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Bell police union says baseball game memo is ‘much ado about nothing’

March 1, 2011 | 12:07 pm

The Bell Police Officers Assn. on Tuesday issued strong denials of any knowledge or participation in a "baseball game" in which officers may have competed to issue tickets, impound cars and arrest motorists.

Rules of the game were outlined in a memo obtained by The Times and discovered in police files. The Los Angeles County district attorney's office acknowledged that it also has a copy of the memo and is investigating. It is unclear who wrote the memo or whether department officials had condoned it.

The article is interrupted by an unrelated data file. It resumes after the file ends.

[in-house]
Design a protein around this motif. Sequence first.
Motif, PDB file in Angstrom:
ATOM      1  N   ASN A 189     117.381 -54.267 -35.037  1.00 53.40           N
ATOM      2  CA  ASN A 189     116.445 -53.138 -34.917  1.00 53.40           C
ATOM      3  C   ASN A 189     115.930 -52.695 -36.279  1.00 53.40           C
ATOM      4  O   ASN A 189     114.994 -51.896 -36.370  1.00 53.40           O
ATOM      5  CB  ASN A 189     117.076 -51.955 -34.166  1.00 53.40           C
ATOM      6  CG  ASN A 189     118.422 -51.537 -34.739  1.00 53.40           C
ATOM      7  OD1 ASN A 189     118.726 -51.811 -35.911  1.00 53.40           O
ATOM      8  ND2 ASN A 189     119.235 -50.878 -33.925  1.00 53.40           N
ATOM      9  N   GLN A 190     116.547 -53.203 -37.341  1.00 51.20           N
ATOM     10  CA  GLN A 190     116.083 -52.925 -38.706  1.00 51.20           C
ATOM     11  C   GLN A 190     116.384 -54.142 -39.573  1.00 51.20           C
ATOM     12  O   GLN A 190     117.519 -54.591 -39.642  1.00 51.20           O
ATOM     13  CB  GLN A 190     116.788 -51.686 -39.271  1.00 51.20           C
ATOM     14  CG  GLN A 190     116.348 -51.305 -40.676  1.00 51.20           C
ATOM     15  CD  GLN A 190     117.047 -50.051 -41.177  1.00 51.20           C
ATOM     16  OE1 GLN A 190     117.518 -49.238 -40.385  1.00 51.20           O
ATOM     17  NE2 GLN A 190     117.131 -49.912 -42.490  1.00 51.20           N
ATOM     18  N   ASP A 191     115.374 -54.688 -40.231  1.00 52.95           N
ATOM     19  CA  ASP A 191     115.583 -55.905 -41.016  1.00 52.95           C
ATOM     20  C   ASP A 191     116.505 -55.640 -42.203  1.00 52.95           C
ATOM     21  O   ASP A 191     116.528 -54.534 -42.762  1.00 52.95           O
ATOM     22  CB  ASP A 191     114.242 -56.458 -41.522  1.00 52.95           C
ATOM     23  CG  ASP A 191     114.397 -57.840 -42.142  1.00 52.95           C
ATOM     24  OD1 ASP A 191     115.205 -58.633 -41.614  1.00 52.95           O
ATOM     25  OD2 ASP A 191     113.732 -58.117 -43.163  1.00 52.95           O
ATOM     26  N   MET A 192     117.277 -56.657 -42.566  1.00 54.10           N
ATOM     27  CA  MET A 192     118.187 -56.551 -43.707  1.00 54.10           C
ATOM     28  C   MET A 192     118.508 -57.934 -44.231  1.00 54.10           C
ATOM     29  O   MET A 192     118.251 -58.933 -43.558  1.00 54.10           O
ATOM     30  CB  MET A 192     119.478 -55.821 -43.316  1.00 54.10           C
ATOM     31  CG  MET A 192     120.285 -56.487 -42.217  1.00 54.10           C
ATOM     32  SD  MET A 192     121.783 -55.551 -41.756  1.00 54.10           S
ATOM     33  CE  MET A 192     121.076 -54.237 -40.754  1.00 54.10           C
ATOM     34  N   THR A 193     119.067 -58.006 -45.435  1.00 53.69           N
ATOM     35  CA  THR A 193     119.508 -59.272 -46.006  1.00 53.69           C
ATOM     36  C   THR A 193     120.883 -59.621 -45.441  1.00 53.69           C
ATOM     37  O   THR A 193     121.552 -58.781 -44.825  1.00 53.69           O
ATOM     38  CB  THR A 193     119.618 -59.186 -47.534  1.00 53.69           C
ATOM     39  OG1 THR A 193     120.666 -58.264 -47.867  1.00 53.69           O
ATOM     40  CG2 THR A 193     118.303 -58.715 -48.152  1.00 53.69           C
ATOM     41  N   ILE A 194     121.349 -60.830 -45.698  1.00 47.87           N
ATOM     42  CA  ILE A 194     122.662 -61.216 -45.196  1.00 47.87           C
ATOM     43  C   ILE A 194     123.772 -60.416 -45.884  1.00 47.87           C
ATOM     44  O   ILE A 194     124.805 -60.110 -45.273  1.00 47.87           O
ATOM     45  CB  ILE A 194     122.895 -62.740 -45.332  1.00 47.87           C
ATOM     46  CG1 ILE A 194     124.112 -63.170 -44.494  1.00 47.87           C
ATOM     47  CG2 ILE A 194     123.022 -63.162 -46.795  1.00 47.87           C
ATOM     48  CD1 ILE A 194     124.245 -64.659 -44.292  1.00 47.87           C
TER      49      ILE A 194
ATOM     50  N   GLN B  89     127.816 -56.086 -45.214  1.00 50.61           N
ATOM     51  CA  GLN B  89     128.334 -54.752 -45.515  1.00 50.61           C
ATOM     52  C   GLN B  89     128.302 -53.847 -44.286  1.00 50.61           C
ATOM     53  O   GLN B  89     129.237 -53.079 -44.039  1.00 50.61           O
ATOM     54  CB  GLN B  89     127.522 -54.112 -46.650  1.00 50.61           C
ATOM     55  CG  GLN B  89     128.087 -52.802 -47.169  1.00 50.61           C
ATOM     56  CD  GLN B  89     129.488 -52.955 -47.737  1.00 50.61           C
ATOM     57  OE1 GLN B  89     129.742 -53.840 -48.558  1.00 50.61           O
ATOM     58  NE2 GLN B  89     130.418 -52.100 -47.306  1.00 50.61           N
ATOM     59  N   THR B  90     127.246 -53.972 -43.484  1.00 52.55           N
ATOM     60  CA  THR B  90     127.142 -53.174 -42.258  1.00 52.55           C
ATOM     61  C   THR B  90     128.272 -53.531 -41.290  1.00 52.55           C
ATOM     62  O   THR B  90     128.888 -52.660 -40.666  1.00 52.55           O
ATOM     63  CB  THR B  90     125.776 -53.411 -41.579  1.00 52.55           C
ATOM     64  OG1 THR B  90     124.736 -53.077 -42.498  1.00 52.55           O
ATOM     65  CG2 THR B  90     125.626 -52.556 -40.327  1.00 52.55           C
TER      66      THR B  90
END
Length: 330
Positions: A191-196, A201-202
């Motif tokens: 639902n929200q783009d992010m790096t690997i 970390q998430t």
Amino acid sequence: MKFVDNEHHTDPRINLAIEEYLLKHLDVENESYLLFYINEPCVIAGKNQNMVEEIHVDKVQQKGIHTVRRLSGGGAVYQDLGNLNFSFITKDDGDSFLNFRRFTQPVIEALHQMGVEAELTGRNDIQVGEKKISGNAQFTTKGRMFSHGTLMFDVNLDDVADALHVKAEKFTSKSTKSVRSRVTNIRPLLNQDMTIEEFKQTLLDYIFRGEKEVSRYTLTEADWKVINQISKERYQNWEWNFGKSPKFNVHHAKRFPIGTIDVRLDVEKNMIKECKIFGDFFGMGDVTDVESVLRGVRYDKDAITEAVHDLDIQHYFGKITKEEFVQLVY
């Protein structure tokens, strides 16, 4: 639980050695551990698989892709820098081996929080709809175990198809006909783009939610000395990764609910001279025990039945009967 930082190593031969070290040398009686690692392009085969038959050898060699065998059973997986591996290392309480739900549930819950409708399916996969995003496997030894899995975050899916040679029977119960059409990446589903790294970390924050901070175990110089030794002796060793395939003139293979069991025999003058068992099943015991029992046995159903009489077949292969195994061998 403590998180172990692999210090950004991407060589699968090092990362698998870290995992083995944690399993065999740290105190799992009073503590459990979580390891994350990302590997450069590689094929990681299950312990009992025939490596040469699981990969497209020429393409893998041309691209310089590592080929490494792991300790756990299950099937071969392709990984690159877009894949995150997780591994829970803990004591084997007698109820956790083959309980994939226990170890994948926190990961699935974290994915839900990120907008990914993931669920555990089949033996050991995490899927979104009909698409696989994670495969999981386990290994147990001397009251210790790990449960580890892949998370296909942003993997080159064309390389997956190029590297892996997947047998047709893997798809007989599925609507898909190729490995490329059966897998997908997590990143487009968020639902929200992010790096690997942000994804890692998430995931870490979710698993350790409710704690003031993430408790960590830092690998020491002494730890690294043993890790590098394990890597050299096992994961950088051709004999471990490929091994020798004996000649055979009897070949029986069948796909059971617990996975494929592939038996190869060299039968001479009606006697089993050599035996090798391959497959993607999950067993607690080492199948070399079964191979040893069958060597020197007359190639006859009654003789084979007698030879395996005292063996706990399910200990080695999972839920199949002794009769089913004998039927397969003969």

DOCUMENT: Read the memo and rules of the "Bell Police Department Baseball Game"

But the police association said in a statement Tuesday that the memo was "a parody" of former Bell administrator Robert Rizzo's "profoundly nonsensical 'towing policy.'" The U.S. Department of Justice is investigating whether the city violated civil rights through improper towing of cars and code-enforcement activities.

"In short, this memo is much ado about nothing since the memo was never meant as a standardized policy but rather a parody," according to the statement, which adds that the police association welcomes any investigation into the memo. "We are confident as they uncover the truth about Robert Rizzo's 'towing policy,' they will find that Bell police officers have consistently opposed the now defunct policy often at the risk of their own jobs."


Bell police memo outlines "baseball game" targeting drivers

Federal probe targets possible civil rights violations in Bell

-- Kimi Yoshino